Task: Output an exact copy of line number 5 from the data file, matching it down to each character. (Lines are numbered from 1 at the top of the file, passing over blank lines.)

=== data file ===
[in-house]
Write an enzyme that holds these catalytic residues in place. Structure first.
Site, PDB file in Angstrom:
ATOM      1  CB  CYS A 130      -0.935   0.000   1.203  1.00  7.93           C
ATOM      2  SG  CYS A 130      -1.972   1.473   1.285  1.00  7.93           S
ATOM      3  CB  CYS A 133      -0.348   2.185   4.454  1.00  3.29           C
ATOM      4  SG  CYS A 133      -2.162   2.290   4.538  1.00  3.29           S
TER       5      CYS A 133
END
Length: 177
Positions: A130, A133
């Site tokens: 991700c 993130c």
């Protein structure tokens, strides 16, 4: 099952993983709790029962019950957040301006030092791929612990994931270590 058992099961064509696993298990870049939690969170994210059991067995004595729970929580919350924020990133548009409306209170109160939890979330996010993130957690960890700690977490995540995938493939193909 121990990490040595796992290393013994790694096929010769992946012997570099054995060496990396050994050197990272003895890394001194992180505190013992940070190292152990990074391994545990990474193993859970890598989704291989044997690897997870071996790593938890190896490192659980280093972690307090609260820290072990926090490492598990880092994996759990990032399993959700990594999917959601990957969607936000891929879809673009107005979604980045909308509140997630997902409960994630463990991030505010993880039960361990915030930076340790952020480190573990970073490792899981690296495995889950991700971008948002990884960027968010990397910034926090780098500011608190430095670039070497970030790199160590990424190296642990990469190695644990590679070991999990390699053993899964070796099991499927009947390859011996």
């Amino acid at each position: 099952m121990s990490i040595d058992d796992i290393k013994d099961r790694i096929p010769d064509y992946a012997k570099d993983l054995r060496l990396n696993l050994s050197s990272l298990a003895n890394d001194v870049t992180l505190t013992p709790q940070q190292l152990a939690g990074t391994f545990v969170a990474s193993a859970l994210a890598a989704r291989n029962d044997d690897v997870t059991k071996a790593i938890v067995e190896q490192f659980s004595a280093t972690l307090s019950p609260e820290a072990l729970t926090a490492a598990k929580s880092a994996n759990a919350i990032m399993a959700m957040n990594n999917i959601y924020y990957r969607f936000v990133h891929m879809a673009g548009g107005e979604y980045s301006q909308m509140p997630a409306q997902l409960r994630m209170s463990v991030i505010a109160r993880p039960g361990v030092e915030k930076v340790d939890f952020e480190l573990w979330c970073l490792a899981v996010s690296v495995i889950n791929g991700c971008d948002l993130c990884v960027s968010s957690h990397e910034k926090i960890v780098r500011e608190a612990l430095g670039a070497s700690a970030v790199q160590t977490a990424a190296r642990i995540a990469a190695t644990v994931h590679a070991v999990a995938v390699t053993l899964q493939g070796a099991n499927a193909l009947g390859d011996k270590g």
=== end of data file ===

ATOM      2  SG  CYS A 130      -1.972   1.473   1.285  1.00  7.93           S